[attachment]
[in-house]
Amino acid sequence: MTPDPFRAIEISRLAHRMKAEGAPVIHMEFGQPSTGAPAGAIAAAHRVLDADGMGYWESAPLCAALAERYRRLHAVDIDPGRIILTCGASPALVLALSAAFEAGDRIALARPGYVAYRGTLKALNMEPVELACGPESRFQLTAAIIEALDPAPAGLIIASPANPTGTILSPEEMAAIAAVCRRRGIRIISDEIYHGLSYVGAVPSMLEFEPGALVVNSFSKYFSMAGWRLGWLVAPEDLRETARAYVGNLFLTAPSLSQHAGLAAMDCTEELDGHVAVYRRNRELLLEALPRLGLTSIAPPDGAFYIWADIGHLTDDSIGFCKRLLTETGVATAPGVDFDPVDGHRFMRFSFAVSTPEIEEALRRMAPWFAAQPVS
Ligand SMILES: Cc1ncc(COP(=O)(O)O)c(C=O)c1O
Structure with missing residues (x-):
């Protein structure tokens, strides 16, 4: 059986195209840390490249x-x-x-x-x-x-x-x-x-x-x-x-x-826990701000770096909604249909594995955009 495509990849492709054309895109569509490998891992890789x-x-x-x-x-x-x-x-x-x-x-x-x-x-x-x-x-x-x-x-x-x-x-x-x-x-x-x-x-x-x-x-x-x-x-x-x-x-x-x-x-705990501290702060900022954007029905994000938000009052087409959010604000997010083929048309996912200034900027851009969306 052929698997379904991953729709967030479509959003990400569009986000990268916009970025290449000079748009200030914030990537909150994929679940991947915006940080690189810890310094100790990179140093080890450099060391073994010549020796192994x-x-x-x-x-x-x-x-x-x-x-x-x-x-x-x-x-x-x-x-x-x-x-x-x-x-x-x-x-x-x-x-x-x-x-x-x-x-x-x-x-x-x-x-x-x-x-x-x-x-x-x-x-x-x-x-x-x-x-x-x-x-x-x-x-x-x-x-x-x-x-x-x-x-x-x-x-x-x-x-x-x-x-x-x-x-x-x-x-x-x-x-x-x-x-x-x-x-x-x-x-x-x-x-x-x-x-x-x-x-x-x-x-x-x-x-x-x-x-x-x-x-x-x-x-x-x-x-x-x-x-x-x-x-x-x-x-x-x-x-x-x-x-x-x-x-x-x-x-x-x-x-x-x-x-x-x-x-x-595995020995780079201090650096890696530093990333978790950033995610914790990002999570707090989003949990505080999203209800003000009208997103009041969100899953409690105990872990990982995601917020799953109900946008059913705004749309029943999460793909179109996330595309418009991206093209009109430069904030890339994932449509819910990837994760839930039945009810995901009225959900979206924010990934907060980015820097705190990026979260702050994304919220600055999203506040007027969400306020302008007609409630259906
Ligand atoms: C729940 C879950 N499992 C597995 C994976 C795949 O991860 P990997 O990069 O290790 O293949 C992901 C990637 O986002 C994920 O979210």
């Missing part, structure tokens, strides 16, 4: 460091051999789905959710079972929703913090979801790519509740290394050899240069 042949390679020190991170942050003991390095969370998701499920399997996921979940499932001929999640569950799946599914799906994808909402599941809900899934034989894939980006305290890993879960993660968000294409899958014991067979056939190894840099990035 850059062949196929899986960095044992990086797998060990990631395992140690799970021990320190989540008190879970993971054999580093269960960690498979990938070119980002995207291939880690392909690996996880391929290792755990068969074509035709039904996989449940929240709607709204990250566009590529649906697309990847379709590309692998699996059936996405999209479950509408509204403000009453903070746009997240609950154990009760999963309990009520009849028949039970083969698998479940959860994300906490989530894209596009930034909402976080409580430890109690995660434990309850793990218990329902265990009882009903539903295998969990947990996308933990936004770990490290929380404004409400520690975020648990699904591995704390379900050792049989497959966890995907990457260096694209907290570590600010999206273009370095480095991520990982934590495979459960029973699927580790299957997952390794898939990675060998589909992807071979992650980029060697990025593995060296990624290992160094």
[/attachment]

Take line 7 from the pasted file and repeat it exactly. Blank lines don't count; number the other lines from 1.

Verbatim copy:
């Missing part, structure tokens, strides 16, 4: 460091051999789905959710079972929703913090979801790519509740290394050899240069 042949390679020190991170942050003991390095969370998701499920399997996921979940499932001929999640569950799946599914799906994808909402599941809900899934034989894939980006305290890993879960993660968000294409899958014991067979056939190894840099990035 850059062949196929899986960095044992990086797998060990990631395992140690799970021990320190989540008190879970993971054999580093269960960690498979990938070119980002995207291939880690392909690996996880391929290792755990068969074509035709039904996989449940929240709607709204990250566009590529649906697309990847379709590309692998699996059936996405999209479950509408509204403000009453903070746009997240609950154990009760999963309990009520009849028949039970083969698998479940959860994300906490989530894209596009930034909402976080409580430890109690995660434990309850793990218990329902265990009882009903539903295998969990947990996308933990936004770990490290929380404004409400520690975020648990699904591995704390379900050792049989497959966890995907990457260096694209907290570590600010999206273009370095480095991520990982934590495979459960029973699927580790299957997952390794898939990675060998589909992807071979992650980029060697990025593995060296990624290992160094």